Washington, D.C., is increasing police presence and urging visitors not to bring guns as the city prepares for rallies and Supreme Court rulings on hot-button topicsincluding abortion and gun rights.
Metropolitan Police Chief Robert Contee said Friday his department is in a "posture of preparedness" for upcoming events.
"We are increasing our presence to have coverage in neighborhoods and our downtown areas, which includes the activation of civil disturbance unit platoons," he said at a press conference alongside Mayor Muriel Bowser. "In addition, we are working closely with our law enforcement, government and community partners to ensure that all of these events are peaceful and our neighborhoods are safe."
This weekend in D.C., a March for Our Lives demonstration is expected to draw thousands calling for action on gun control after a mass shooting at an elementary school in Uvalde, Texas, left 19 young children and two teachers dead. That followed a shooting in Buffalo, New York, where a gunman opened fire and killed 10 Black people.
The Supreme Court is also expected to deliver several opinions this month, with one or more decisions being handed down Monday and Wednesday.
Contee said if more officers are needed at any point, the Metropolitan Police Department will call upon departments in neighboring jurisdictions.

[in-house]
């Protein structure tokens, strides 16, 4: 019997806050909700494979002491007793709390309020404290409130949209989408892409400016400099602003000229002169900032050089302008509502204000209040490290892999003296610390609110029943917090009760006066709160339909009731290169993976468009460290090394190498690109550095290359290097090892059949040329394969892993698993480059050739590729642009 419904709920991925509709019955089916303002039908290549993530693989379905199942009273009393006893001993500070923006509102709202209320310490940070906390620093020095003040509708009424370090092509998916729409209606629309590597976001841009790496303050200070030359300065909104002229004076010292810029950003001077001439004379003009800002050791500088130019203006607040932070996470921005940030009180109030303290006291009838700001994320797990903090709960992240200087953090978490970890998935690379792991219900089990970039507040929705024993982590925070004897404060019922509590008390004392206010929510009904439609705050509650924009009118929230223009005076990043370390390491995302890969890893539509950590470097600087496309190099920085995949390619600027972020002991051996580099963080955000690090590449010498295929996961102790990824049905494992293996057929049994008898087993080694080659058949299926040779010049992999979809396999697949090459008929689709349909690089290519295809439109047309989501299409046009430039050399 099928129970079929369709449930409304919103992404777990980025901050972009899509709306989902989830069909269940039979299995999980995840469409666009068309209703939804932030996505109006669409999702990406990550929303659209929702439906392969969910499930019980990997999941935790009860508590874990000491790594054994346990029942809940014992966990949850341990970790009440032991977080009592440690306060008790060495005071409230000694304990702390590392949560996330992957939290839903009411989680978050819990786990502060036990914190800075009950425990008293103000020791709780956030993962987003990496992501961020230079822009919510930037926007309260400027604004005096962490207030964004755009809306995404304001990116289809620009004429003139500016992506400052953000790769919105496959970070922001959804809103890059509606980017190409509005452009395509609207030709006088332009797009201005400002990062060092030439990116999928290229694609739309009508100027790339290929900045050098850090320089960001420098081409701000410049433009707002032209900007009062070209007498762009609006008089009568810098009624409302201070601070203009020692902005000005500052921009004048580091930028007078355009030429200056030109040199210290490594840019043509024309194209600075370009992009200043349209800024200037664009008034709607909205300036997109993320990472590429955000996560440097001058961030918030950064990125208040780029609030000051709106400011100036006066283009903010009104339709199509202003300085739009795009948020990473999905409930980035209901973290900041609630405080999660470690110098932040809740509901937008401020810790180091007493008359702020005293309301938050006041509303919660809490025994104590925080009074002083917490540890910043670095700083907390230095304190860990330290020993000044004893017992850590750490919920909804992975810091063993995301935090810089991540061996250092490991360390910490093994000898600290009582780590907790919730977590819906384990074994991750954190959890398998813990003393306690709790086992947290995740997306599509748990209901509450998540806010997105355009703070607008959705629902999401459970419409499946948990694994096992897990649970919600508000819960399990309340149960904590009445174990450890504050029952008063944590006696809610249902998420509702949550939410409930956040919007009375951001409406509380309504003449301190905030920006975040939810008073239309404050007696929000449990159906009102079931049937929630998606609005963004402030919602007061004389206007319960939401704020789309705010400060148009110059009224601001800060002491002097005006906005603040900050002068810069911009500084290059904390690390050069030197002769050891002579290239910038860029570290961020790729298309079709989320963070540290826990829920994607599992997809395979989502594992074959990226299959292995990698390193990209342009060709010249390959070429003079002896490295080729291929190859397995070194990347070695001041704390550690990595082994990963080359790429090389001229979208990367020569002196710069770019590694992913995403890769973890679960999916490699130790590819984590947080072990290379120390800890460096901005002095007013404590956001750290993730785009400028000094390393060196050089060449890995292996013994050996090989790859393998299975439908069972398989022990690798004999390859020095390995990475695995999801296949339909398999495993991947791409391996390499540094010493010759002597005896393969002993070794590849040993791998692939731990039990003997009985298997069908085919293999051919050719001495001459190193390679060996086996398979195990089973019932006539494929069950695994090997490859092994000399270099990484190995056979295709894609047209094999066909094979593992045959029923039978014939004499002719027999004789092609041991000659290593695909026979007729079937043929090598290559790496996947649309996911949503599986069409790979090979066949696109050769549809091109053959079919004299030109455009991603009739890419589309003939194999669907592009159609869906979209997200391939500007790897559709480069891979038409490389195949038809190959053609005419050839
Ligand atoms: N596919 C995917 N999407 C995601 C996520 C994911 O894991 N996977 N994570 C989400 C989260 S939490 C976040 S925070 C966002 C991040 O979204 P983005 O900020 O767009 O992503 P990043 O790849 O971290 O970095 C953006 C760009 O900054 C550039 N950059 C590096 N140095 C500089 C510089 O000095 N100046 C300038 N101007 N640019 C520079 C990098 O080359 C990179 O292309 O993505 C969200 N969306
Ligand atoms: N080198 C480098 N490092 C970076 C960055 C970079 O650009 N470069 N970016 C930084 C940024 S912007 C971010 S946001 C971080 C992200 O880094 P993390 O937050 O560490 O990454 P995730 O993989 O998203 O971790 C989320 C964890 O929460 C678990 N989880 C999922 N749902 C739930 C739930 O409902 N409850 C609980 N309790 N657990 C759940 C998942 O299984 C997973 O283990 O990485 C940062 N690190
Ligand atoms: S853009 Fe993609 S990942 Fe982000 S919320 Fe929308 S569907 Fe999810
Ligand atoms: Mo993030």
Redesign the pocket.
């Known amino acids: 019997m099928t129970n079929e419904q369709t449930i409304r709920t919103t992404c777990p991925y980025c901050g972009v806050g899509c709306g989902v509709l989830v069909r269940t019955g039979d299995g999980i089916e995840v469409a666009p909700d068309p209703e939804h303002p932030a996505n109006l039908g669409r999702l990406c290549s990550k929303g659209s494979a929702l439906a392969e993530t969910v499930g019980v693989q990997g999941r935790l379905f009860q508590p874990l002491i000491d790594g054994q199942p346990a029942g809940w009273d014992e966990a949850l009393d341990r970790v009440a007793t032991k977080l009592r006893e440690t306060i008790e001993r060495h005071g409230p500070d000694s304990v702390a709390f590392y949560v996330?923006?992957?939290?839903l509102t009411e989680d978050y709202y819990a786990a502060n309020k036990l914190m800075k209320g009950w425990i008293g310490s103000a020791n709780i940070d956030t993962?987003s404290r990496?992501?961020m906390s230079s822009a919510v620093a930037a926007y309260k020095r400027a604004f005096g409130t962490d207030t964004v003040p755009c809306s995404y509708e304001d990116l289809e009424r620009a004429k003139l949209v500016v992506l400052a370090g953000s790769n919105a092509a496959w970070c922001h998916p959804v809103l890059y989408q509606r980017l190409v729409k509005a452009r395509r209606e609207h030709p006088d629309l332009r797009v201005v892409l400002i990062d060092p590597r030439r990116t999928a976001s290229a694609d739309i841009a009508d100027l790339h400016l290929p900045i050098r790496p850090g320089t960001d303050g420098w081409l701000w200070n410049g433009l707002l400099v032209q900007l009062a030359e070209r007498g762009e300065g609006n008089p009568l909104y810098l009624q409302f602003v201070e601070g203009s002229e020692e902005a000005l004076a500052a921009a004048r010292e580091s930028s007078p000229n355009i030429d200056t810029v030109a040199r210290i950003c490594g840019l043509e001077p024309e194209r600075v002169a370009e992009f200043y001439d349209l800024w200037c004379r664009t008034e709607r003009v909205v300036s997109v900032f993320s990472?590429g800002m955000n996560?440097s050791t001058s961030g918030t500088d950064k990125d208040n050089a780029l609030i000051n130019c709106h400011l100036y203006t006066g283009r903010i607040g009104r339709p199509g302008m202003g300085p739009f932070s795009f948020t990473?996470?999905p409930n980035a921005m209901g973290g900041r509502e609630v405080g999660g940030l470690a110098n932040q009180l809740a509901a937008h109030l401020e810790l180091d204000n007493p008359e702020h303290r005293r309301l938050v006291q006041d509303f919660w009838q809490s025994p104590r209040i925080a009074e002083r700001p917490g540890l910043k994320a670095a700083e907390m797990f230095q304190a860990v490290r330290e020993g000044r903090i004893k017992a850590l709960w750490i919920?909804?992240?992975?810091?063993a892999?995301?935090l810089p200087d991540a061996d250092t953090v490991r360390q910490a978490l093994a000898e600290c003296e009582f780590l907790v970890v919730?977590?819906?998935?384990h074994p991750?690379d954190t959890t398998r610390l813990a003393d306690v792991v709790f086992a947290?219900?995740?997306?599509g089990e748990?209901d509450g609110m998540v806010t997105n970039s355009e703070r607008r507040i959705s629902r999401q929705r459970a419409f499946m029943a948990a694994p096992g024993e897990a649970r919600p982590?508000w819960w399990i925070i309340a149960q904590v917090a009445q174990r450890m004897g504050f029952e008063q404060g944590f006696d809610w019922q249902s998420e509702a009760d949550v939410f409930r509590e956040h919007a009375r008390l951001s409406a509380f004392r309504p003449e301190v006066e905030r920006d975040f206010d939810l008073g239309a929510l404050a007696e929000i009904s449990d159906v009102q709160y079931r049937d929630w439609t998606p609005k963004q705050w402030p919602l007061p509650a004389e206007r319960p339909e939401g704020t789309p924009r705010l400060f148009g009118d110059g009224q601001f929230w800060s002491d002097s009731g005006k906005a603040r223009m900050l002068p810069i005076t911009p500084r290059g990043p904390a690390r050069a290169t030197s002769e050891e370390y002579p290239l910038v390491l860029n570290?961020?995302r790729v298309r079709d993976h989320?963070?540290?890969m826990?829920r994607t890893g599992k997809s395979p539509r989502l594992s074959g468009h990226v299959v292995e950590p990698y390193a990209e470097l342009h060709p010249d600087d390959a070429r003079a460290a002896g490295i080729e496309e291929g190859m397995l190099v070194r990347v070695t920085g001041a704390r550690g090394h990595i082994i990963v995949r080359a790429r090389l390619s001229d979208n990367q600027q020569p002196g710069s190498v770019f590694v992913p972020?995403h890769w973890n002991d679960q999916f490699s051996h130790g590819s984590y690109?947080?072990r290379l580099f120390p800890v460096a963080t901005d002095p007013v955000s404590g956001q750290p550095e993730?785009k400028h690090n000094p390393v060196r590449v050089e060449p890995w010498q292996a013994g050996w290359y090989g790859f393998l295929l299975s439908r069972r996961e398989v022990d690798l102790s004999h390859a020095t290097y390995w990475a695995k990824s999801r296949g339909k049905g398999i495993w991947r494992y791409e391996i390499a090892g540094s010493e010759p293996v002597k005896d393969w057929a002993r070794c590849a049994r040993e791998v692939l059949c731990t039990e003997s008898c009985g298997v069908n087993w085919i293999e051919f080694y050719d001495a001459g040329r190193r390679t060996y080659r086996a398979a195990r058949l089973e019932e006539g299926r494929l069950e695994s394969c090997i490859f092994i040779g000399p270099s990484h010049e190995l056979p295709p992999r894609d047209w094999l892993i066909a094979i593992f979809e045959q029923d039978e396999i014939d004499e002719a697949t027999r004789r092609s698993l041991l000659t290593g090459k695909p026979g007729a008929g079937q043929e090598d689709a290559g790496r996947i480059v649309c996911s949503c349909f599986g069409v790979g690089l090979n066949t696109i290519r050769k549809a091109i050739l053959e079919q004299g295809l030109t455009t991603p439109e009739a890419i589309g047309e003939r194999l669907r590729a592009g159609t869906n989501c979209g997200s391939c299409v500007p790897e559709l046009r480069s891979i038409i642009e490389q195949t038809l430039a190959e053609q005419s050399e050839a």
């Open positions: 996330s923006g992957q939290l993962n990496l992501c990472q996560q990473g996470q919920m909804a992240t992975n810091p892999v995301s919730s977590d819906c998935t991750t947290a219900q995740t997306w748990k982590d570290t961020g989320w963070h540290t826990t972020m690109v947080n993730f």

The police chief also specifically warned against bringing guns to any upcoming events amid a disturbing trend of high-profile mass shootings.
"If you're coming to enjoy our beautiful city, individuals should not think to bring firearms into our beautiful city," he said. "We need to help keep the peace in our city -- leave the law enforcement and the firearms, leave that to the Metropolitan Police Department. That's our responsibility."
The FBI Washington field office and the U.S. Attorney's Office for the District of Columbia released a statement Friday reiterating its commitment to keep the peace this summer.
"We will not tolerate violence, destruction, interference with government functions, or trespassing on government property," said U.S. Attorney Matthew M. Graves and FBI Assistant Director in Charge Steven M. D'Antuono.
Tensions have been running high in recent weeks as the nation awaits decisions in two high-profile Supreme Court cases -- one on gun rights and another on abortion rights.
Earlier this week, an armed man was arrested outside the home of Justice Brett Kavanaugh. Nicholas Roske, 26-year-old from California, was charged with attempted murder of a U.S. Supreme Court justice. Roske's attorney, federal public defender Andrew Szekely, could not immediately be reached for comment.
Roske was allegedly angry over the recent mass shooting at an elementary school in Uvalde, Texas, and the leaked draft of the Supreme Court's decision impacting Roe v. Wade, according to an affidavit previously reported by ABC News.
Bowser said Friday that the city won't "live in fear."
"We're going to rely on each other but also on our government who knows how to support large-scale events and are going to take every precaution that we can, but we're also asking each other to look out for our neighbors," she said.
- ABC News' Beatrice Peterson and Luke Barr contributed to this report.
Nation's capital ups police presence ahead of protests, Supreme Court rulings originally appeared on abcnews.go.com